Grab Your Spooks at the Providence Ghost Tours

By Jeffrey Folker

The Providence Ghost Tour: where orbs, shadows, specters, poltergeists and other things go bump in the night. You do not need any special equipment or ritualistic knowledge – no EMF recorder, night vision goggles, séances, Ouija boards or extra-sensory perception are necessary. All that is required is a pair of comfortable walking shoes, an open mind and a date to share a night on the town in Providence. Not interested in the supernatural? That’s ok too – with knowledgeable tour guides, the tour is a wonderful way for visitors to learn about the oft-violent, dark history of Providence.

Though I have never personally heard Marley’s chains rattling (that’s a reference to Charles Dickens’s A Christmas Carol, in case you missed it) I admit I am a bit of a skeptic when it comes to supernatural entities residing in our world – if I do not see it, I do not believe it happened. While my family jokingly refers to our friendly household poltergeist (which we have affectionately named Harold, apparently Casper was too obvious of a name), I have never encountered anything that leads me to believe ghosts and spirits actually exist.  Then again, neither have I seen anything that definitively proves they do not exist, either. Either they do exist and I just have never seen them, or they do not exist and I have been correct all along.  Whatever the truth may be, it does not matter what I believe.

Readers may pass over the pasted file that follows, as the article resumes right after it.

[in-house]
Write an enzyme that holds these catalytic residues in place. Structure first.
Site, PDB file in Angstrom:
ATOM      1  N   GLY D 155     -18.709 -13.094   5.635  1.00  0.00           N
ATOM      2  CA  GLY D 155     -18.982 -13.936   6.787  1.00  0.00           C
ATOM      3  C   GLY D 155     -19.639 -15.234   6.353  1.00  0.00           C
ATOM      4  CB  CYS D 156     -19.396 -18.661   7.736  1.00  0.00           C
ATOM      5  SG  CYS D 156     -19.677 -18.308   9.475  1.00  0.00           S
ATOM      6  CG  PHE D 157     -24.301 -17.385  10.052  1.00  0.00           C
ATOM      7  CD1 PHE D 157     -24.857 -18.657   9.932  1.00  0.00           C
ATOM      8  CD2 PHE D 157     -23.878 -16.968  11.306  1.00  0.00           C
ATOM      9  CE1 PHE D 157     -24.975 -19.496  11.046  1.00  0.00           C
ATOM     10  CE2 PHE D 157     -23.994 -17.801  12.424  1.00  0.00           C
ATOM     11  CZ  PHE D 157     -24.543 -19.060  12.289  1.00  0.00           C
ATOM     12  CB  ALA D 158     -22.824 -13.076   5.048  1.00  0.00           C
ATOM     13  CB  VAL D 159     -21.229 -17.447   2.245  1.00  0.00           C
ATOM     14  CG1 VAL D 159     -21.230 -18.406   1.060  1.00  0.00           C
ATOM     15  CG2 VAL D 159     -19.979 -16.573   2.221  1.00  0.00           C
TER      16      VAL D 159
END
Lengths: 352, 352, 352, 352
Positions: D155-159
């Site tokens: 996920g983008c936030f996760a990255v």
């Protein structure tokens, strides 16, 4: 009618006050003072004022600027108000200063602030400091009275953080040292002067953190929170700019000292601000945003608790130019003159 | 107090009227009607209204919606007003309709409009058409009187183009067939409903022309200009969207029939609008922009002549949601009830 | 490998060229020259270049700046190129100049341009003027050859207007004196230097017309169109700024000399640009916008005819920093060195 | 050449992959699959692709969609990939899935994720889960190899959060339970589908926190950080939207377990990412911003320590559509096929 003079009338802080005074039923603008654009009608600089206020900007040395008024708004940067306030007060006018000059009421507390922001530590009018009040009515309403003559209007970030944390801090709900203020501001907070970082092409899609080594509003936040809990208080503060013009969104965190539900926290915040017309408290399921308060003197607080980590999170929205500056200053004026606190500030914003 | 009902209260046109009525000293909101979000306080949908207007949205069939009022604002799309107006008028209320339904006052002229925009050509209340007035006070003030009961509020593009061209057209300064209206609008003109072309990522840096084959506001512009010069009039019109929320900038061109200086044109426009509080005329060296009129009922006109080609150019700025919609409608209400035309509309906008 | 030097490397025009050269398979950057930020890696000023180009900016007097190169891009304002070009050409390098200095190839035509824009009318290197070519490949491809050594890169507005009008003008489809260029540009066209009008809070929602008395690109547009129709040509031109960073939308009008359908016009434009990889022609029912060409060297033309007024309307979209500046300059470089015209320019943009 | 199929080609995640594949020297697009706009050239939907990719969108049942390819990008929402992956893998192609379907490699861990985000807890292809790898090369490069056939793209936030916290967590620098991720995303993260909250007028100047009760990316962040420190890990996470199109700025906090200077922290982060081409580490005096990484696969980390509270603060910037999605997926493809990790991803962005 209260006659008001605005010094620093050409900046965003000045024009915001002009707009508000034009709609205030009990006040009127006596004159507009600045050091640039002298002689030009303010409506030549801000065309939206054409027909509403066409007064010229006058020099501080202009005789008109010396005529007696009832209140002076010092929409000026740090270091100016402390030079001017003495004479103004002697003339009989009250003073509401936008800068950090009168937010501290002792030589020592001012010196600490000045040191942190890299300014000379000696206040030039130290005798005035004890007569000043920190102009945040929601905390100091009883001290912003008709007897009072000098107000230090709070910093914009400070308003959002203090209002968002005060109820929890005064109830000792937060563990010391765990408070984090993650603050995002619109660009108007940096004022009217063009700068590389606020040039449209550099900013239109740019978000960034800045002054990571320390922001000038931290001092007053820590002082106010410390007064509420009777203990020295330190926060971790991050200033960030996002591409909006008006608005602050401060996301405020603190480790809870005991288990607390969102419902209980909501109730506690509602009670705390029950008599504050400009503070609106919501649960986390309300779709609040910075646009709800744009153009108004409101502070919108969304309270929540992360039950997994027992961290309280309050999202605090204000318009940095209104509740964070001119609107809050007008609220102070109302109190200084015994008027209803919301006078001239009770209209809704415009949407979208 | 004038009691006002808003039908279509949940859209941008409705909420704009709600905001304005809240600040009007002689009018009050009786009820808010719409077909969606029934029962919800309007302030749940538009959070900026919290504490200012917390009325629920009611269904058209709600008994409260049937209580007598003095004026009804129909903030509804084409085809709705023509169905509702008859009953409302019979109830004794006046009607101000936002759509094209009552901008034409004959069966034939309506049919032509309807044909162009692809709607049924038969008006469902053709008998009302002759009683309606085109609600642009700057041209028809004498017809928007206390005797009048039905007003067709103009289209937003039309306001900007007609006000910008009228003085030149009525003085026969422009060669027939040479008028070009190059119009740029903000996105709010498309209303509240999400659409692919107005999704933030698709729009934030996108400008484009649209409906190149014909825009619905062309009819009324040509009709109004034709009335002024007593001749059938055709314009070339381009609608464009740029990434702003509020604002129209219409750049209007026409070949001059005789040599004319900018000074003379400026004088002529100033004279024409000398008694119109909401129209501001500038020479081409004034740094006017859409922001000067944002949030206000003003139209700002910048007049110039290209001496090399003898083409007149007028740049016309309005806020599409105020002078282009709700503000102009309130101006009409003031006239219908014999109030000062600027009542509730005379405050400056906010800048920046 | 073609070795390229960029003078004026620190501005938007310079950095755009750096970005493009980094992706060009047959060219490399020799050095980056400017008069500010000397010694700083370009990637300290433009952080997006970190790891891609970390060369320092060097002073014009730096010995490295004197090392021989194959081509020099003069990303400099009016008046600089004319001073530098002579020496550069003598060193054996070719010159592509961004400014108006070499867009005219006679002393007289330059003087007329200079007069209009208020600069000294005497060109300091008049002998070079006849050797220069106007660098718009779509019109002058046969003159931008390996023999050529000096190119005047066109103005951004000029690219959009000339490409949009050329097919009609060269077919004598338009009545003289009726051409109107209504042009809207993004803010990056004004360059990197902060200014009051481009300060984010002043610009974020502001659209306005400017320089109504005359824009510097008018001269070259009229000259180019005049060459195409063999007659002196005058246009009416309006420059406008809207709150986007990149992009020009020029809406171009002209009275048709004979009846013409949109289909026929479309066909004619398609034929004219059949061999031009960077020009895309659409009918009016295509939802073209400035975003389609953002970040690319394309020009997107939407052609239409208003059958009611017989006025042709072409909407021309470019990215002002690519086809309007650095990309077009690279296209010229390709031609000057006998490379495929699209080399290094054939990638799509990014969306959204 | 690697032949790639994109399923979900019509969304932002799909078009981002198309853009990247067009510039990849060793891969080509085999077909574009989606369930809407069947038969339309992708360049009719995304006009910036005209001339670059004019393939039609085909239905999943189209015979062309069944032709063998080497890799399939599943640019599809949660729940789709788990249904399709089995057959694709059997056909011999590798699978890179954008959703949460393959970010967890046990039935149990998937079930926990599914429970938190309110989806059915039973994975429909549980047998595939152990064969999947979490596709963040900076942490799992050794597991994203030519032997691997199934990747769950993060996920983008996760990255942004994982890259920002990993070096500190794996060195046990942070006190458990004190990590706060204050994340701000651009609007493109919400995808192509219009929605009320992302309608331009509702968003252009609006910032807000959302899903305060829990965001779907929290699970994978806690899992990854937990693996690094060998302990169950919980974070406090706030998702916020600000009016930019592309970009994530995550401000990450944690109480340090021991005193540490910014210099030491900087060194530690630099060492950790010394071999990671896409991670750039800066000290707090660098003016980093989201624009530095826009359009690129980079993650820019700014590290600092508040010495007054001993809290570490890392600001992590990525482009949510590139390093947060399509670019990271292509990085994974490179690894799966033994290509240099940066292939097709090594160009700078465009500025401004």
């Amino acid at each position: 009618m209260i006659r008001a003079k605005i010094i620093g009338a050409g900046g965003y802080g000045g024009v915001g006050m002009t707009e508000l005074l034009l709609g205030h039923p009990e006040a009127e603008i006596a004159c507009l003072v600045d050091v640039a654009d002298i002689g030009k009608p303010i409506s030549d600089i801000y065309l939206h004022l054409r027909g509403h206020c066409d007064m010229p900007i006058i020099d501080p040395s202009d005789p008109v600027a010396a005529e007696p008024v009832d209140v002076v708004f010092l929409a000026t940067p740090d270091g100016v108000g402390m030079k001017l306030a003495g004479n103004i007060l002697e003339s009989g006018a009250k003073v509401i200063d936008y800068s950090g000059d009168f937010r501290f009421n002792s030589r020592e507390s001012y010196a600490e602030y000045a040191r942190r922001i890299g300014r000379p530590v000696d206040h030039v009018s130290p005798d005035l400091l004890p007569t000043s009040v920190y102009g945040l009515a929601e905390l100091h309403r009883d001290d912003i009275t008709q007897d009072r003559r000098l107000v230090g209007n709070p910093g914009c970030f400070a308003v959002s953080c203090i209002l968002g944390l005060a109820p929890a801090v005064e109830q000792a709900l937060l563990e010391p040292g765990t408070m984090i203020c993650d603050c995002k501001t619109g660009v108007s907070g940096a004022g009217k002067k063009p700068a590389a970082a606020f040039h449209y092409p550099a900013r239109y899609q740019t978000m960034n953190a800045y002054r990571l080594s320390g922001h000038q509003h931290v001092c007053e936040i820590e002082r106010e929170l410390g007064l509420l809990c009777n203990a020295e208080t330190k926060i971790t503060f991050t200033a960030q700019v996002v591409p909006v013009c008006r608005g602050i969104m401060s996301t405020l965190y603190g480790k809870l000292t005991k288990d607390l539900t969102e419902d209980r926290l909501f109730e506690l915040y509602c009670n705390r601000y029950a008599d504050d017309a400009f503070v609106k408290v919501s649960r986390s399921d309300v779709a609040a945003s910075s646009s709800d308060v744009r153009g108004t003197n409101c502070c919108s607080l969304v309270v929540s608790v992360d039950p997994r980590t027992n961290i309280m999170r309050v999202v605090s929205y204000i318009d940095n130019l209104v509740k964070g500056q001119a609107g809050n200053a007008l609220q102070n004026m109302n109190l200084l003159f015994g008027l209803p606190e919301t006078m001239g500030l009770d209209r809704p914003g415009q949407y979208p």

The tour begins at Prospect Terrace Park on Congdon Street at dusk (College Hill, Providence) ‘neath the statue of Roger Williams and the epigraph that reads “Here reposes dust from the grave of Roger Williams.” Why dust from the grave of Roger Williams and not the body of Rhode Island’s founding father, you ask? My question to the tour guide was not allowed to hang in the air very long: in the first of a series of frightening tales about Providence’s dark past, we learn that his grave and casket – originally located in Swan Point Cemetery off Blackpoint Boulevard – had been invaded by an apple tree looking for decaying flesh to use as fertilizer. Talk about a way to capture the interest of your audience.

Over the next hour and a half, the tour makes stops at the homes of famed Rhode Island Horror/Sci-Fi/Fantasy writer H.P. Lovecraft (think Seinfeld’s half-man, half-bear-pig, only substitute man-half-bear-pig for a man-half-octopus-dragon) and the site of one of Rhode Island’s unsolved murders; the Woods-Gerry house and its camera battery-sucking patio; Brown’s John Hay Library (I’ll leave this gory surprise for the tour guides); and Brown’s University Hall, which acted as a hospital (read: amputation ward) during the American Revolutionary War. Walking down Benefit Street, we stop at the Providence Athenaeum. Standing across the intersection from the oldest family house in Rhode Island, we search for the ghost of the drunkard and “goth before it was goth,” (to quote our wonderful tour guide Elise), Edgar Allen Poe. The climax of the tour centers on the corner of Benefit Street and Angell Street and the dangers of “furious riding” – you will have to take the tour to find out exactly what that is.

Providence Ghost Tours run every night from July 1 through November 16.

For more information and tickets, visit their website at www.ProvidenceGhostTours.com.

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